WASHINGTON, August 21, 2006 (RFE/RL) -- For years, northern Afghanistan has seen sporadic fighting between supporters of two long-time warlords, Abdul Rashid Dostum and General Abdul Malik. Now, though, the central government has indicated it has had enough, with Interior Minister Zarar Ahmad Moqbel calling for the two men's political parties to be disbanded.
He argues that the two parties -- Dostum's National Islamic Movement of Afghanistan (Hizb-e Junbish-e-Melli-ye Islami-ye Afghanistan), known as Junbish, and Malik's Freedom Party of Afghanistan (Hizb-e Azadi-ye Afghanistan) -- continue to maintain military wings and that these militia are responsible for the unrest in the northern province of Faryab.
Afghan law prohibits political parties from running militias, but in a country where many rogue armies are led -- officially or covertly -- by leaders of the country's 70-plus registered political parties Moqbal's move and the bluntness of his comments are unusual.
New Official Tack?
Warlords have been the bane of centralization efforts for decades. It is too early to say whether this move signals a new government willingness to tackle "warlordism," and curb the power of militias. But it is clear -- in Kabul and among the administration's backers in the international community -- that the current post-Taliban government must rein in warlords if it is to continue on the path toward democratization.
The venture could prove treacherous for President Hamid Karzai's central government -- particularly if it is not diligent in applying the policy. The move to disband Dostum's and Malik's parties has created discontent among those two men's supporters. But the government stands to gain broader support on a national level if it applies the same standard to other militias -- and is not seen to be engaging in favoritism among warlords. Conversely, the recent suggestion by some government officials that militias could be co-opted in the southern and eastern parts of the country could undermine the strategy.
Interior Minister Moqbel cited recent armed clashes in the northern Faryab Province in pursuing the ban.
He suggested the Justice Ministry could act through the country's recently appointed Supreme Court, which, unlike its predecessor, is not linked to the warring parties of Afghanistan's past.
Dostum Vs. Malik
Dostum is a former communist militia commander who allied with the mujahedin to help them take control of Kabul in 1992. Dostum's military units and his Junbish party were major actors during the ensuing civil war. For most of the period between 1992 and 1996, Dostum controlled large swathes of northern Afghanistan and Malik served as his unofficial foreign minister.
But relations between Dostum and Malik deteriorated following the death of Malik's brother, General Rasul Pahlawn, in 1996. Mali's brother was Dostum's second in command, and was killed under mysterious circumstances. Malik blamed Dostum.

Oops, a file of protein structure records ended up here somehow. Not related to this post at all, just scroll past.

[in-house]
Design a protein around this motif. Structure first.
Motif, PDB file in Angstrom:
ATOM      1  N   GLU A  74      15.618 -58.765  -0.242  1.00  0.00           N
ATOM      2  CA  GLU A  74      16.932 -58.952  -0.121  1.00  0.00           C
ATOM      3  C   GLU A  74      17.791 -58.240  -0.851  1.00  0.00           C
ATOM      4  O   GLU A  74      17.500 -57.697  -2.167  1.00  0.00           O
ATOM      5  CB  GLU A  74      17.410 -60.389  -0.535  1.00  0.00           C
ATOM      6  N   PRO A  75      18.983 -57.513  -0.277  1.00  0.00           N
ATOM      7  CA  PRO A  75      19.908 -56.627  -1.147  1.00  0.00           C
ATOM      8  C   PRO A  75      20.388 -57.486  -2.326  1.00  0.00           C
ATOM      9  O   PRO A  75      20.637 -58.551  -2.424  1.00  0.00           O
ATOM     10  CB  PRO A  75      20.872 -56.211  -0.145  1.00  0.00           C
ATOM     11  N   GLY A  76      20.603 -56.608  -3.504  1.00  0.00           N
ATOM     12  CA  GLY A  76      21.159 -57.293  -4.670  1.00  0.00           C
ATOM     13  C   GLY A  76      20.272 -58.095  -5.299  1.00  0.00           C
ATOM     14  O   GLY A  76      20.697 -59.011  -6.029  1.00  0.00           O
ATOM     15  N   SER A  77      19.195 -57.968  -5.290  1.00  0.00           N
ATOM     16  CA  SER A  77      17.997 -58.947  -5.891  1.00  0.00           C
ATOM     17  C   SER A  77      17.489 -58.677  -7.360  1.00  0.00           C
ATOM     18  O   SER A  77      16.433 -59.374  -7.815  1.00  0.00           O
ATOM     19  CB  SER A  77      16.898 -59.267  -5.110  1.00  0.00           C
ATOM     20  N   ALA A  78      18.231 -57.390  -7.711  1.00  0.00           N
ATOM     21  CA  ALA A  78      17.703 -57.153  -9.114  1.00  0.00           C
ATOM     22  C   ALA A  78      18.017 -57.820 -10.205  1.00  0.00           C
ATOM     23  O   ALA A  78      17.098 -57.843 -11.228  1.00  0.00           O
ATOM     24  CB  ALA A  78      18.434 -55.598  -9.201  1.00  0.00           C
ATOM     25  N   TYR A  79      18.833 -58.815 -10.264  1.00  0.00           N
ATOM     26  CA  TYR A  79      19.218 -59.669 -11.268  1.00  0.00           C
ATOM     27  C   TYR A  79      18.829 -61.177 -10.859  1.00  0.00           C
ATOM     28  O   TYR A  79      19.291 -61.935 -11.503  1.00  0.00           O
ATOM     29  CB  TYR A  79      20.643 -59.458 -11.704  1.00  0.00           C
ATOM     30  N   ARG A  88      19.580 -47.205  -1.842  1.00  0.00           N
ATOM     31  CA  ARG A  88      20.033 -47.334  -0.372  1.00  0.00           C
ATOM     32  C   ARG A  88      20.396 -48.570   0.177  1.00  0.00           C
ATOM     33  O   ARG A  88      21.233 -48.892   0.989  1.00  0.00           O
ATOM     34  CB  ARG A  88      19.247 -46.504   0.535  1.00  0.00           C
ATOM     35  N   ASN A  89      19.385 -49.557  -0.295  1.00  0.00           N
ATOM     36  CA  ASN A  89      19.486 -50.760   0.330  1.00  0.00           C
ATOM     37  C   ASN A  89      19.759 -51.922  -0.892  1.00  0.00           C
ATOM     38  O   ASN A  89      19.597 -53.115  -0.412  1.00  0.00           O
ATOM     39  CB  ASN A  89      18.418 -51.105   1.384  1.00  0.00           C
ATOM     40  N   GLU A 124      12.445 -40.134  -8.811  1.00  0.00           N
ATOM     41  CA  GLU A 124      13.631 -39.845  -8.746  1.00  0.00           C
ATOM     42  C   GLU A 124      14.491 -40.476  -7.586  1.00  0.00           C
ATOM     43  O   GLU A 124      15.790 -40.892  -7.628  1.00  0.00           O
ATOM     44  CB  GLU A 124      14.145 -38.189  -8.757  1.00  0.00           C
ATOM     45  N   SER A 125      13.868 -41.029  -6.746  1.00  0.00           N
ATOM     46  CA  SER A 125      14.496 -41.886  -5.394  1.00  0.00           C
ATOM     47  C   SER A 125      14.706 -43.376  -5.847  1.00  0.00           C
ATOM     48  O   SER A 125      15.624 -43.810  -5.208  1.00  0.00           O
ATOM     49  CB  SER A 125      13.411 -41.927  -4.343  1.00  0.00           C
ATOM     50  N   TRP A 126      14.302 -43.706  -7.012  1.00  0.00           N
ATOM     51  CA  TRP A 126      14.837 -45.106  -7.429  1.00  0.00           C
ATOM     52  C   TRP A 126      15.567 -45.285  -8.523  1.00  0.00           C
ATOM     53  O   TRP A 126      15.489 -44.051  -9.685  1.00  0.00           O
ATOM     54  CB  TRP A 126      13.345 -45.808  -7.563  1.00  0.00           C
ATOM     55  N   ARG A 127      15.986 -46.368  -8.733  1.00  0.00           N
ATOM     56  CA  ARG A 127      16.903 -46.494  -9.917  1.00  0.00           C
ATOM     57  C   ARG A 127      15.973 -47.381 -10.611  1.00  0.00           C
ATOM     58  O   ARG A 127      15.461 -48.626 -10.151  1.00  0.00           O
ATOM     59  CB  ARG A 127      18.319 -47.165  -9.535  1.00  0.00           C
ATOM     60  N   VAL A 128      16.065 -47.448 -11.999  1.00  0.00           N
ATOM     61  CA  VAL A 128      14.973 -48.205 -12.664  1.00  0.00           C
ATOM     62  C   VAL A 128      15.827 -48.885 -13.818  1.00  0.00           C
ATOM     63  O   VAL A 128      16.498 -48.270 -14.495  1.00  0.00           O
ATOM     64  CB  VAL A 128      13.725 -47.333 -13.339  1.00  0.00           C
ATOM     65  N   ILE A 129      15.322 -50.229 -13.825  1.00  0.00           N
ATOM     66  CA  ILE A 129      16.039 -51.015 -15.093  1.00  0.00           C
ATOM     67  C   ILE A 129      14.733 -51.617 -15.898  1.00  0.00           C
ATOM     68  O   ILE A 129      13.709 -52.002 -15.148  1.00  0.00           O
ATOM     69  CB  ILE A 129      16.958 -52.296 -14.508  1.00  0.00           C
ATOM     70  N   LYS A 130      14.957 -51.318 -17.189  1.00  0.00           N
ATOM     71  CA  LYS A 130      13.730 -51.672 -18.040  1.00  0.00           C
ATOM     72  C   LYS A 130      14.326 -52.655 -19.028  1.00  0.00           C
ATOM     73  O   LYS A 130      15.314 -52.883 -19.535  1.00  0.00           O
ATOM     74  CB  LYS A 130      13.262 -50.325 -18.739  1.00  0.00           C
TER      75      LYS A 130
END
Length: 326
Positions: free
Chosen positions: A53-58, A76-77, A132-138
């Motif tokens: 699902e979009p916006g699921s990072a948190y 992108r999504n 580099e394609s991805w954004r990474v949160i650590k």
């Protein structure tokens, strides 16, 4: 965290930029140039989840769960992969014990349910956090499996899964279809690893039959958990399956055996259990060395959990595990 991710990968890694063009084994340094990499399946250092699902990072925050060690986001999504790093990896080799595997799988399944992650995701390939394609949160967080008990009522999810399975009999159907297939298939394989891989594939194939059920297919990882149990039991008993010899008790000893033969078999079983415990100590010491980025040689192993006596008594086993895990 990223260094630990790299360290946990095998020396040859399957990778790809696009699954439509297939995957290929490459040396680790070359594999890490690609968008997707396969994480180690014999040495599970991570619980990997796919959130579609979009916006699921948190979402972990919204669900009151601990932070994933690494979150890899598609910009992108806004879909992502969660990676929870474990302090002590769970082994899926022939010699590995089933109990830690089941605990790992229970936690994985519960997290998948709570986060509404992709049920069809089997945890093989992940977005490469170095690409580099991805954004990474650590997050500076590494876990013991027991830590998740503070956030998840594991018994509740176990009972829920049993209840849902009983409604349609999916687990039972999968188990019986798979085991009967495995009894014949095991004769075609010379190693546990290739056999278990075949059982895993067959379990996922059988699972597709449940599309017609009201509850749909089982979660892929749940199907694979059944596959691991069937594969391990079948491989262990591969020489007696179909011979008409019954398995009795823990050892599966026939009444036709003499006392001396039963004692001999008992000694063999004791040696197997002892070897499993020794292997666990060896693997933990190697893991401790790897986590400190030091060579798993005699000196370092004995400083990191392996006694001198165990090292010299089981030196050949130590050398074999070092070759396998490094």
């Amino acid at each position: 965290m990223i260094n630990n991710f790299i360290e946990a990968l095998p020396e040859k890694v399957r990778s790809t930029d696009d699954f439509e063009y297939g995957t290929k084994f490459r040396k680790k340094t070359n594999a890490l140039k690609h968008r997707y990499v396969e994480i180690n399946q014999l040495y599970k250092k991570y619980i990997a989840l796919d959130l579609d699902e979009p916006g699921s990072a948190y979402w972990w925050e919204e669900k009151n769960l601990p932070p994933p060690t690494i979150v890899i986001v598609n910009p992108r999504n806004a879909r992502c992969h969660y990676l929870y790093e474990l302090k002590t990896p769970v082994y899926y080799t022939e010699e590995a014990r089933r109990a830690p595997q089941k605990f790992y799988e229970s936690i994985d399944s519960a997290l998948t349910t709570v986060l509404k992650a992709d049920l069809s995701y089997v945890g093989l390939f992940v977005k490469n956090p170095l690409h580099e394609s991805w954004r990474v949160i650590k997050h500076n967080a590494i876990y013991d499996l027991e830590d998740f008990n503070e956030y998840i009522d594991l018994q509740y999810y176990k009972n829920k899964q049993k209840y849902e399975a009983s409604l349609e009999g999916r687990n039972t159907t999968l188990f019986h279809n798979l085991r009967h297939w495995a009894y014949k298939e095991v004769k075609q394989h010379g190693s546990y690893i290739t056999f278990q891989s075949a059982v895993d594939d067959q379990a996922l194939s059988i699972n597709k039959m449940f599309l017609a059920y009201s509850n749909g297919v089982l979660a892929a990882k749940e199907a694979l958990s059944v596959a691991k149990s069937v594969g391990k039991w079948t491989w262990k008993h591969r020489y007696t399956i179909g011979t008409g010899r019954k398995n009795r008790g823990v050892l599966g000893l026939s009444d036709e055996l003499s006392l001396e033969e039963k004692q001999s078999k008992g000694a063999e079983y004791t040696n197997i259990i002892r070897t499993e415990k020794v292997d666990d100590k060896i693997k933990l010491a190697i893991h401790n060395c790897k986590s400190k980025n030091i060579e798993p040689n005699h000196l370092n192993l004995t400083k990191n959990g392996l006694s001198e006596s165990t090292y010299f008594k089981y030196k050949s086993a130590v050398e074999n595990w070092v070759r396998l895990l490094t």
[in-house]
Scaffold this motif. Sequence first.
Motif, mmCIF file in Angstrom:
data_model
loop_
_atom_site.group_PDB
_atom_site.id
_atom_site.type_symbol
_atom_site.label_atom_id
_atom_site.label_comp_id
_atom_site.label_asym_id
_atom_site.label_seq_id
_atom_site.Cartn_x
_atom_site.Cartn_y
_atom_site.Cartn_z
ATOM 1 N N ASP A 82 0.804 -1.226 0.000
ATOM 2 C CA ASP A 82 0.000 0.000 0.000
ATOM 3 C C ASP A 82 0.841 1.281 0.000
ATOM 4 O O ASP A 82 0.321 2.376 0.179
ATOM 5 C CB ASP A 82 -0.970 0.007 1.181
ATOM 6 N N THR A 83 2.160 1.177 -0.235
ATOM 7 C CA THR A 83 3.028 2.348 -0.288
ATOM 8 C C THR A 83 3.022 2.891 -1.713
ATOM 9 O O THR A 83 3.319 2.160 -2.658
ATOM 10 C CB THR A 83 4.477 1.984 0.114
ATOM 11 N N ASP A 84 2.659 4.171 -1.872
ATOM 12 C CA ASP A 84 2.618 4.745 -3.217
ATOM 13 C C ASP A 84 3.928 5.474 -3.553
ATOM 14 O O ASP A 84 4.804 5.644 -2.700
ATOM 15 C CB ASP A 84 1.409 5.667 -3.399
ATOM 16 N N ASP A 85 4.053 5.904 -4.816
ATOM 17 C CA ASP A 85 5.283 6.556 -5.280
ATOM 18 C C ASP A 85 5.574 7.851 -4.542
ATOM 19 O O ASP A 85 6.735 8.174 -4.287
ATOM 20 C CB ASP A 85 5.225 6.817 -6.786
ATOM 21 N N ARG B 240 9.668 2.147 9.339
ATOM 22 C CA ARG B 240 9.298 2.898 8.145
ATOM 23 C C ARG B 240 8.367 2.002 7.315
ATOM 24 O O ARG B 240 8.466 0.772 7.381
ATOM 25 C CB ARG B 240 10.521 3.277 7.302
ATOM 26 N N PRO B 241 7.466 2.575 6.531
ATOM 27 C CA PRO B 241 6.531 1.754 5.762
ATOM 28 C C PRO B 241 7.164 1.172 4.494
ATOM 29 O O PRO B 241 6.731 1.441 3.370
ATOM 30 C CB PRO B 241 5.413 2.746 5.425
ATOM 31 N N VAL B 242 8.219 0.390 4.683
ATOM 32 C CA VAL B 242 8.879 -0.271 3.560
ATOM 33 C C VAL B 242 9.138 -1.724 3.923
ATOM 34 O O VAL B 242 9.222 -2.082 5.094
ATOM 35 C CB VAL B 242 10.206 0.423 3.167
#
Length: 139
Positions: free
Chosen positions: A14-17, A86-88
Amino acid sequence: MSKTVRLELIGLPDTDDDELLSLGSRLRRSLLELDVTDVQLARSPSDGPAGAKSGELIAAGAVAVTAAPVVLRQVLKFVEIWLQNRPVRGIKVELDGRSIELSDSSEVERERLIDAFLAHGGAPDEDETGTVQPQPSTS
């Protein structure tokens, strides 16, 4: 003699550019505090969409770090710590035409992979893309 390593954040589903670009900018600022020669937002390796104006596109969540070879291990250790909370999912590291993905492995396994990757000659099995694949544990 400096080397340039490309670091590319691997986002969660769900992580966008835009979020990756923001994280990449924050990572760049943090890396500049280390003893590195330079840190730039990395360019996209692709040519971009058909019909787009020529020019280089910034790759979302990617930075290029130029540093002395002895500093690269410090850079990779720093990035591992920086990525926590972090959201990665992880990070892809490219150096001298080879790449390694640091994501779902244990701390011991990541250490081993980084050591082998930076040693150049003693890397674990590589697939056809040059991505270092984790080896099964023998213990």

One year later, Malik gained notoriety briefly when he helped Taliban forces conquer the seat of Dostum's power, the city of Mazar-e Sharif. Malik soon turned on his Taliban allies and assumed personal control of Mazar-e Sharif and parts of northern Afghanistan.
But Malik's fortunes soon faded. Within months, by September 1997, the Taliban and their Pakistani backers were able to oust Malik.
Dostum meanwhile took his defeated Junbish forces and found new allies to fight the Taliban. Dostum soon joined forces with the United Islamic and National Front for the Salvation of Afghanistan (aka Northern Alliance) -- formed around under the military leadership of Ahmad Shah Mas'ud.
Dostum played an active part in the U.S.-led campaign to oust the Taliban regime in late 2001. From 2002 to 2003, he officially held the post of deputy defense minister -- although he was rarely in Kabul. Instead, Dostum was busy fighting for supremacy in and around Mazar-e Sharif. His opponents included forces loyal to the current governor of Balkh Province, Ata Mohammad Nur.
In May 2003, the UN-backed central government sought to sideline Dostum. President Karzai named Dostum a "special adviser on security and military affairs," bringing the northern warlord to Kabul in an apparent effort to dislodge him from his northern stronghold. Dostum's job was to advise the president and recommend ways to bring security to the northern provinces (Balkh, Jowzjan, Sar-e Pol, Samangan, Faryab).
But Dostum's forces continued to tangle with provincial Governor Nur's forces despite the presidential maneuvering. The situation escalated in early 2004, with General Malik's arrival in Faryab -- in some views with tacit support from Governor Nur. Dostum's forces maintained the upper hand, but Malik loyalists have issued occasional challenges.
The Party's Over
Dostum has relinquished the formal leadership of his Junbish party, but most observers are convinced he maintains effective control.
Dostum and General Malik both insist that their political parties have no military wings. But each has repeatedly blamed the other for fomenting violence, including about 10 days of deadly fighting in early August.
Minister Moqbel's attempt to cripple Dostum's and Malik's political careers has little precedent in Afghanistan, so it is too early to assume the outcome. But the question on many Afghan minds if he succeeds is bound to be: Whose militia is next?
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